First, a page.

The research could lead to upgrades in liquid crystal displays, or LCDs, such as those used in laptops and television screens, to allow them to interact with light in new and different ways. One possibility is to create liquid crystal displays that are even more energy efficient, extending the battery life for the devices to which they power, said Ivan Smalyukh, a study senior author and an assistant professor at CU-Boulder’s physics department.
The findings show that researchers can create a “recipe book” to build new materials of sorts using topology, a major mathematical field that describes the properties that do not change when an object is stretched, bent or otherwise “continuously deformed.” Published online Dec. 23 in the journal Nature, the study also is the first to experimentally show that some of the most important topological theorems hold up in the real material world, Smalyukh said.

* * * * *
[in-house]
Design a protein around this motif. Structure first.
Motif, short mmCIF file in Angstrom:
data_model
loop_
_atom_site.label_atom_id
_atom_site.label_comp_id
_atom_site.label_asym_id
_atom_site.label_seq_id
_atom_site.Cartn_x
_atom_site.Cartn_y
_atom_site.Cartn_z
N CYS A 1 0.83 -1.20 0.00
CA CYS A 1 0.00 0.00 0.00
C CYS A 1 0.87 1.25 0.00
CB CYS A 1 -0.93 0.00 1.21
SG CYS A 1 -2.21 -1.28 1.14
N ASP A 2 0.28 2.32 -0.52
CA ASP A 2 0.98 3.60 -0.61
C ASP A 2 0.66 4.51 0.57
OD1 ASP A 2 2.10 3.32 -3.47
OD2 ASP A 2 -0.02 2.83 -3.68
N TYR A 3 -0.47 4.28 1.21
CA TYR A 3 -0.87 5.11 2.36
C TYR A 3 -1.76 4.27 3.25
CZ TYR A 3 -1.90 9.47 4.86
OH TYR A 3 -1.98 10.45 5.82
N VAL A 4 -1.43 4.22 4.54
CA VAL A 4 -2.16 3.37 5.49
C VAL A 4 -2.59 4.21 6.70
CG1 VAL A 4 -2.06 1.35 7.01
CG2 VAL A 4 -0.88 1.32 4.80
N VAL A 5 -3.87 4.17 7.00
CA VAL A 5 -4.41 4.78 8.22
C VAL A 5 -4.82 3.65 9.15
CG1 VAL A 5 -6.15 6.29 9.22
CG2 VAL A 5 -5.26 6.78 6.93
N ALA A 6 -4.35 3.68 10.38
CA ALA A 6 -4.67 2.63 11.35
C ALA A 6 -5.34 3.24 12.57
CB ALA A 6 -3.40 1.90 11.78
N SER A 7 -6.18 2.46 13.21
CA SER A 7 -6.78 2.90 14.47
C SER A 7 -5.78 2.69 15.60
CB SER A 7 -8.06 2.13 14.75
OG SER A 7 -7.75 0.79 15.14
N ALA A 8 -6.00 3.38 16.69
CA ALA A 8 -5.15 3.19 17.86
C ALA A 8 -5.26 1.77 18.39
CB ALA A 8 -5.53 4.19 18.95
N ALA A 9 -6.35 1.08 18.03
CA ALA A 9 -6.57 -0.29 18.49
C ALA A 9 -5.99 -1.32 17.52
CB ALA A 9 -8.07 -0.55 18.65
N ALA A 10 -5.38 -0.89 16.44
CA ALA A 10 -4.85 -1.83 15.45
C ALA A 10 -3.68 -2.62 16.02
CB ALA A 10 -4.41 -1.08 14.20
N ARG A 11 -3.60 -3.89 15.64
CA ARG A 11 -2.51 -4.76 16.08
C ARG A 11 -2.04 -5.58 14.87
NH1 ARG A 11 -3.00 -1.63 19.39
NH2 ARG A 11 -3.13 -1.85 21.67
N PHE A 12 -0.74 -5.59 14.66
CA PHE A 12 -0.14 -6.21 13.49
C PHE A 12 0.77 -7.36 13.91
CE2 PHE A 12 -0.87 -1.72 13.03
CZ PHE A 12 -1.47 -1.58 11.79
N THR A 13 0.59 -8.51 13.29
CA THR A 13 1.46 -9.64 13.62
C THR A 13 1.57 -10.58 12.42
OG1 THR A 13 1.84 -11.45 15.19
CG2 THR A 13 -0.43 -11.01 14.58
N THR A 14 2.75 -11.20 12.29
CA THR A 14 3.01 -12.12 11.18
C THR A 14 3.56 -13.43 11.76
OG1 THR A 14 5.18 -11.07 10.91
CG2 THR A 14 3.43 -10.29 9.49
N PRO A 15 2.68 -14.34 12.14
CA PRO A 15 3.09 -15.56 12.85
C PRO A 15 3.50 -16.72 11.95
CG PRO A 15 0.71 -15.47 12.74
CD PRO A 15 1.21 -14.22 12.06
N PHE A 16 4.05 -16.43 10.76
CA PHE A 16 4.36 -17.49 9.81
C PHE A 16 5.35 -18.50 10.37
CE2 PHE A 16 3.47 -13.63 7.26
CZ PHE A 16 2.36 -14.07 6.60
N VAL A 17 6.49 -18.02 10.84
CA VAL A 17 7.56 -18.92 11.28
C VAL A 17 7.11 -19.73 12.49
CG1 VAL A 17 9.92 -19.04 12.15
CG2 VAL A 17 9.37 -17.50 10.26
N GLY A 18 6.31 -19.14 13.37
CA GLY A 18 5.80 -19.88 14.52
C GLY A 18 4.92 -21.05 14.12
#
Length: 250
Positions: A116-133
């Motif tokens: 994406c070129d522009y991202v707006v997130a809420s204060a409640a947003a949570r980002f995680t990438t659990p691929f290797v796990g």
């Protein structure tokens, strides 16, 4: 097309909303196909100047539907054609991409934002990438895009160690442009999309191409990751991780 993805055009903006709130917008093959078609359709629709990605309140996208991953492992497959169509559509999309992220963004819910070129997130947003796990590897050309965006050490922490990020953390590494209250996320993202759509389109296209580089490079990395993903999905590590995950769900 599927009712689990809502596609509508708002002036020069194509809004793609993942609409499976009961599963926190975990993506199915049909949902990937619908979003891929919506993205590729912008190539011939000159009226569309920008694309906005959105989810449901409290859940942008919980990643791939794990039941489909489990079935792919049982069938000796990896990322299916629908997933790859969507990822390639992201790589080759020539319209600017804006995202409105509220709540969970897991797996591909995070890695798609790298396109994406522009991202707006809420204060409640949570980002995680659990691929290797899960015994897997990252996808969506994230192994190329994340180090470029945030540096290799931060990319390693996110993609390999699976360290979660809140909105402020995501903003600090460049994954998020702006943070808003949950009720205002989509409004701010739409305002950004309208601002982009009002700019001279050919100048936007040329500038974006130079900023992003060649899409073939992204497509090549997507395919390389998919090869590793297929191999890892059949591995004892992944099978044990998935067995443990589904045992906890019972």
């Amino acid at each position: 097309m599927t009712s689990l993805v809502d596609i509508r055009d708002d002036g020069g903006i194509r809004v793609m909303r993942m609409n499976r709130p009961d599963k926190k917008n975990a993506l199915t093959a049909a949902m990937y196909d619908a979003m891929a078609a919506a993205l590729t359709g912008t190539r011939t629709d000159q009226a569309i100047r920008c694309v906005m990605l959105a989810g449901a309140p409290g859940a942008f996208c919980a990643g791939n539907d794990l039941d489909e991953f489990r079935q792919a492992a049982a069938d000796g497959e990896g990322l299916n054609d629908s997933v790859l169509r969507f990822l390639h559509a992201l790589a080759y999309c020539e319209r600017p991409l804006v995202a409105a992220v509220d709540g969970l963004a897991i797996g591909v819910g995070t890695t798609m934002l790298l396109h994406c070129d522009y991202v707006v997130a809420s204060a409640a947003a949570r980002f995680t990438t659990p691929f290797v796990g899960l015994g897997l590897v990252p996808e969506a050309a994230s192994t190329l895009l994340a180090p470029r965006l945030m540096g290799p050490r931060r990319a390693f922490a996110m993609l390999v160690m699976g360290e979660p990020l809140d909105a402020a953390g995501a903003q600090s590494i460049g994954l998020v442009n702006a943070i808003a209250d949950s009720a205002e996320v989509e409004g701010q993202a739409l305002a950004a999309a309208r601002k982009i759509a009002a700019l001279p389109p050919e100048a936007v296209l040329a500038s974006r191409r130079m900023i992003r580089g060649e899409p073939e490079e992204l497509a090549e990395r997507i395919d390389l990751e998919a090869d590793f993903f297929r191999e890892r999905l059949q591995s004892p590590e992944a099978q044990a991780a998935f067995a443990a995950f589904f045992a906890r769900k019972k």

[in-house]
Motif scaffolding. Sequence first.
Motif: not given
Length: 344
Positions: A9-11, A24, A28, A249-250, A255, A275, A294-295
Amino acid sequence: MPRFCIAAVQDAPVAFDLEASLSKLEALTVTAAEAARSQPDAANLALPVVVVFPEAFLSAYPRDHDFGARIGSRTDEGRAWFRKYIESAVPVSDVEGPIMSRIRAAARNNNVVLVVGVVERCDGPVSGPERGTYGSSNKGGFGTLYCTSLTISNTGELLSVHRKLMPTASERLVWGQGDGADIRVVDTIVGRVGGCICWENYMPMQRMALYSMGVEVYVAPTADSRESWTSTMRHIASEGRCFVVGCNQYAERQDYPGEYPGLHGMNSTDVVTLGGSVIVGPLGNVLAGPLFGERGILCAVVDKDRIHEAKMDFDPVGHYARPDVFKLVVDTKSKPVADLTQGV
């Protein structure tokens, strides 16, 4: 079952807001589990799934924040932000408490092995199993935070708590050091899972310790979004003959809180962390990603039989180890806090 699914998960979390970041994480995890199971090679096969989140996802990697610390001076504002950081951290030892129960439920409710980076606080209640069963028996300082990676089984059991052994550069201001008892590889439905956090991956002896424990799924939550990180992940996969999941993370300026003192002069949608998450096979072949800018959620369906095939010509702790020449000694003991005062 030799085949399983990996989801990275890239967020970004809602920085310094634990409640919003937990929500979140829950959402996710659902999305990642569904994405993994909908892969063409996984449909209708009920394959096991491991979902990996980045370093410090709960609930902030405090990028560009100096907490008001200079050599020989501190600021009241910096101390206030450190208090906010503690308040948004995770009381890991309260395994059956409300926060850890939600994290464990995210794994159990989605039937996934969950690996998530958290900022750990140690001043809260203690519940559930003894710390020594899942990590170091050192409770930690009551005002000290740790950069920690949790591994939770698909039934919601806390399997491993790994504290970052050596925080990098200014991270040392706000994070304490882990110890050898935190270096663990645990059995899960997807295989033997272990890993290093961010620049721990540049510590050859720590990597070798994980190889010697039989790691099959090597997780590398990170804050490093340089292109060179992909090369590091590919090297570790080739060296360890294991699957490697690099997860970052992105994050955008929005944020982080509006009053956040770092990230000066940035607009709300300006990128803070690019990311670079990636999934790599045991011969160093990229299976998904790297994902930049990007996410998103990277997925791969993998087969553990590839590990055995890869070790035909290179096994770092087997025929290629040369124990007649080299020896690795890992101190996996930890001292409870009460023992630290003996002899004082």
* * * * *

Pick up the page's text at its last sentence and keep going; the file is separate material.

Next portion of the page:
The research was funded in part by Smalyukh’s Presidential Early Career Award for Scientists and Engineers, which he received from President Obama in 2010. And the research supports the goals laid out by the White House’s Materials Genome Initiative, Smalyukh said, which seeks to deploy “new advanced materials at least twice as fast as possible today, at a fraction of the cost.”
The study was co-authored by Sailing He of Zhejiang University in China; Randall Kamien and Tom Lubensky of the University of Pennsylvania, and Robert Kusner of the University of Massachusetts-Amherst.